Atmospheric Chemistry and Physics 01/2008; · 4.88 Impact Factor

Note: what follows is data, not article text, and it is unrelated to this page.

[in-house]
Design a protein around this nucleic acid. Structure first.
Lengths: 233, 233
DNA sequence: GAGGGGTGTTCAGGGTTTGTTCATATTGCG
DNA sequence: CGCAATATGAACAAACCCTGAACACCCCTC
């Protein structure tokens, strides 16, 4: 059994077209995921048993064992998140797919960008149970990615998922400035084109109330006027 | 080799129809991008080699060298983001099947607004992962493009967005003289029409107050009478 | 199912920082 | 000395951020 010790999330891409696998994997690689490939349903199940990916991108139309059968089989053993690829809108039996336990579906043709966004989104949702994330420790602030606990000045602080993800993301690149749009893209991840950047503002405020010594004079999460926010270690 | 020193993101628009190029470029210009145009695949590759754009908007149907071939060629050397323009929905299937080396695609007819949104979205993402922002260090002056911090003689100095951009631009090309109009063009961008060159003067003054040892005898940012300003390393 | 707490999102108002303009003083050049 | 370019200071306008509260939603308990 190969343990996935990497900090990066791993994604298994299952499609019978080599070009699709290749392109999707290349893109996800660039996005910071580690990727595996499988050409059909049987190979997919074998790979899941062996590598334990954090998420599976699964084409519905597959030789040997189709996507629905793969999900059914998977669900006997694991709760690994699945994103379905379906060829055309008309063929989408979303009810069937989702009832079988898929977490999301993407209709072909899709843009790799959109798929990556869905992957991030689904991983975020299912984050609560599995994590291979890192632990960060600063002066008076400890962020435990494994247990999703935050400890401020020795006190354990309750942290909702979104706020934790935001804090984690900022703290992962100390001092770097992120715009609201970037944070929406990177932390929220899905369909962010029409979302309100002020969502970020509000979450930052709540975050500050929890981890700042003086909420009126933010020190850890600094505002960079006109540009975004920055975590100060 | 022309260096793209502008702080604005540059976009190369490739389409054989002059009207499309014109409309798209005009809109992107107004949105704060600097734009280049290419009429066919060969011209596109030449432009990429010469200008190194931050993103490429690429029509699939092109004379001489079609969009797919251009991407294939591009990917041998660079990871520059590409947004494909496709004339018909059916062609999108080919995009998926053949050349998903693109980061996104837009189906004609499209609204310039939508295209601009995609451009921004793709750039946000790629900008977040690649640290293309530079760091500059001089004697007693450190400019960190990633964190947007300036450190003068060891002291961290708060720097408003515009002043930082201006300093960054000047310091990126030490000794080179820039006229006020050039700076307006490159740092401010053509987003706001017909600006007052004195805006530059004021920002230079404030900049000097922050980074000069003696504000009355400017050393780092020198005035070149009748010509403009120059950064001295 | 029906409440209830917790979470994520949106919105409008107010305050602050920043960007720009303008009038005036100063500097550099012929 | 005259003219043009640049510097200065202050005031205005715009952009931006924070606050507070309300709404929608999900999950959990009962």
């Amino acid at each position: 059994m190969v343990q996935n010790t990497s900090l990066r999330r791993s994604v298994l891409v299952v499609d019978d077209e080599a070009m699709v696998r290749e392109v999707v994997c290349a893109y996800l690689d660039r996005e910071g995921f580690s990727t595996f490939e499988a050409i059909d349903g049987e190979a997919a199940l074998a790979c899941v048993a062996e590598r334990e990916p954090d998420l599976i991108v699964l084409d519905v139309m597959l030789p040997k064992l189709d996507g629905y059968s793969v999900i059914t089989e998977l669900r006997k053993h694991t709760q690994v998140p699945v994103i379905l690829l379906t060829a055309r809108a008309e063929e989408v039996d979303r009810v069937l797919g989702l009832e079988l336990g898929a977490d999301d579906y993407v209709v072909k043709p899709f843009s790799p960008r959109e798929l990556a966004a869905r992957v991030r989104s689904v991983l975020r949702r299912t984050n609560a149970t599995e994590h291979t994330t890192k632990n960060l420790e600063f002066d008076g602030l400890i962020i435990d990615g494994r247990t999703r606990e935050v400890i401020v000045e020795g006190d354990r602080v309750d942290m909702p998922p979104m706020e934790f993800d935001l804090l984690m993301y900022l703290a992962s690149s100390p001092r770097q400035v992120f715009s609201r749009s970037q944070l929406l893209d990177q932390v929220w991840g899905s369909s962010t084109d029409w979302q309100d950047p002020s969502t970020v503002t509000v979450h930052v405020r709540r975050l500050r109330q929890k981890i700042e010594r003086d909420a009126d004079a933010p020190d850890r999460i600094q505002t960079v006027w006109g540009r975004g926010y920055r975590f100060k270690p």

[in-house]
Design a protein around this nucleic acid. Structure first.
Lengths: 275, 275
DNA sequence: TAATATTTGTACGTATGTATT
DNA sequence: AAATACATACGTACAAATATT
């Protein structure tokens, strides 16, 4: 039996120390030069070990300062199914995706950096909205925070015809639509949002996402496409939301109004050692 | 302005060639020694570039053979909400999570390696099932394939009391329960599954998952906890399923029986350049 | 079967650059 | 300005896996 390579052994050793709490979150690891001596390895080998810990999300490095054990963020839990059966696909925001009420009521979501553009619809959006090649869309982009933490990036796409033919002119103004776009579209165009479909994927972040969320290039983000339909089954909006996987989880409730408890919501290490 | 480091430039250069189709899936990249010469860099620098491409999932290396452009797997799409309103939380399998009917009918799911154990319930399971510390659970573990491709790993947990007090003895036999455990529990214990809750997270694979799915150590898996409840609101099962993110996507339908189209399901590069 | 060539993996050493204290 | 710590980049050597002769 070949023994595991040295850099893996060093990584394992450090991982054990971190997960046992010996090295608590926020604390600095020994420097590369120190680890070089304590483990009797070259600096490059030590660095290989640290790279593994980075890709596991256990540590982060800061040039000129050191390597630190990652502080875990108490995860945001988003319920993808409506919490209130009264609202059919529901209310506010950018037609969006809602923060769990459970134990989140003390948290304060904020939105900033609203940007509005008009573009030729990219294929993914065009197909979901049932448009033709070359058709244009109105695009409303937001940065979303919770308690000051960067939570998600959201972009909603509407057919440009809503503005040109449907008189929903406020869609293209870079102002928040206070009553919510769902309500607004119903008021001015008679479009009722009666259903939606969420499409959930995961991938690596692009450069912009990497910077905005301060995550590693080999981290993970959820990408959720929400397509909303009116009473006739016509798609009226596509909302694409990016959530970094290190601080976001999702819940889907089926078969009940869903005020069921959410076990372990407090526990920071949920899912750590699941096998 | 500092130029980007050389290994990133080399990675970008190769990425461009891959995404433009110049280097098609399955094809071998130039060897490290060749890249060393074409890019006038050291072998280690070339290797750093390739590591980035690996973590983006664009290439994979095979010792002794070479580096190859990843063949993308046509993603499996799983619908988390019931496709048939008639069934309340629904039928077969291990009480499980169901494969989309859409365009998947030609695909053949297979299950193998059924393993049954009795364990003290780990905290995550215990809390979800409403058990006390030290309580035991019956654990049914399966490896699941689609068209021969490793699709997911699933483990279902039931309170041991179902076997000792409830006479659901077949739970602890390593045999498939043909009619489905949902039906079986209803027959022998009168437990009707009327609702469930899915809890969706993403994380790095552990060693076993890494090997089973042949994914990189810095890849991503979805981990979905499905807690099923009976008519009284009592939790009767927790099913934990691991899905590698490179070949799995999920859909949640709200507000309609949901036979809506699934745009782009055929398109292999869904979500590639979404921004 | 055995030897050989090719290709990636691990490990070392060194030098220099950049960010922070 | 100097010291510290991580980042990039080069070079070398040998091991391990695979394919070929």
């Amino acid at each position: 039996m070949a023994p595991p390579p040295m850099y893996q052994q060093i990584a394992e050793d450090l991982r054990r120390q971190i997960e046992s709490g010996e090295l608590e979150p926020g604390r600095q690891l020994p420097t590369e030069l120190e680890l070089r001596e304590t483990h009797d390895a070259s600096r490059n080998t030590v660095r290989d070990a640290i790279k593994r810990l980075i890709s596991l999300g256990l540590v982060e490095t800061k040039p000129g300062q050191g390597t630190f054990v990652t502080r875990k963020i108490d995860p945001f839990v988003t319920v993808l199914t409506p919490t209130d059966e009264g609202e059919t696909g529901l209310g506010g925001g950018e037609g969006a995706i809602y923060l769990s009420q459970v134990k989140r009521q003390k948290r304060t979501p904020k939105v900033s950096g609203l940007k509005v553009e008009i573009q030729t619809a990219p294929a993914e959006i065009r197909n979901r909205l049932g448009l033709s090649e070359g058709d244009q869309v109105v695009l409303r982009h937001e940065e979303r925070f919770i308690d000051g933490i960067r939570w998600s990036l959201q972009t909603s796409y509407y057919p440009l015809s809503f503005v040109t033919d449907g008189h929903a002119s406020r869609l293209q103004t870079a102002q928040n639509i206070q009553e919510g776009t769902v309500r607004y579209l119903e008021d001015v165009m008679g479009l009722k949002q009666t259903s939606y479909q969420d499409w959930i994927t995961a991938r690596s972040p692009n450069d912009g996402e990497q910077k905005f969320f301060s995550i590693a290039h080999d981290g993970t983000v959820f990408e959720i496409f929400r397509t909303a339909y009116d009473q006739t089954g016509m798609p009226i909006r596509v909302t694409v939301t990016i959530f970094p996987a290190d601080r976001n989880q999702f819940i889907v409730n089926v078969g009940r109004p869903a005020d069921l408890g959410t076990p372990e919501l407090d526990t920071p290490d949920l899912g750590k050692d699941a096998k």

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    ABSTRACT: Aerosol physical and chemical properties and trace gas concentrations were measured during the QUEST field campaign in March–April, 2003, in Hyytiälä, Finland. Our aim was to understand the role of oxidation products of VOC&apos;s such as mono- and sesquiterpenes in atmospheric nucleation events. Particle chemical compositions were measured using the Aerodyne Aerosol Mass Spectrometer, and chemical compositions of aerosol samples collected with low-pressure impactors and a high volume sampler were analysed using a number of techniques. The results indicate that during and after new particle formation, all particles larger than 50 nm in diameter contained similar organic substances that are likely to be mono- and sesquiterpene oxidation products. The oxidation products identified in the high volume samples were shown to be mostly aldehydes. In order to study the composition of particles in the 10–50 nm range, we made use of Tandem Differential Mobility Analyzer results. We found that during nucleation events, both 10 and 50 nm particle growth factors due to uptake of ethanol vapour correlate strongly with gas-phase monoterpene oxidation product (MTOP) concentrations, indicating that the organic constituents of particles smaller than 50 nm in diameter are at least partly similar to those of larger particles. We furthermore showed that particle growth rates during the nucleation events are correlated with the gas-phase MTOP concentrations. This indicates that VOC oxidation products may have a key role in determining the spatial and temporal features of the nucleation events. This conclusion was supported by our aircraft measurements of new 3–10 nm particle concentrations, which showed that the nucleation event on 28 March 2003, started at the ground layer, i.e. near the VOC source, and evolved together with the mixed layer. Furthermore, no new particle formation was detected upwind away from the forest, above the frozen Gulf of Bothnia.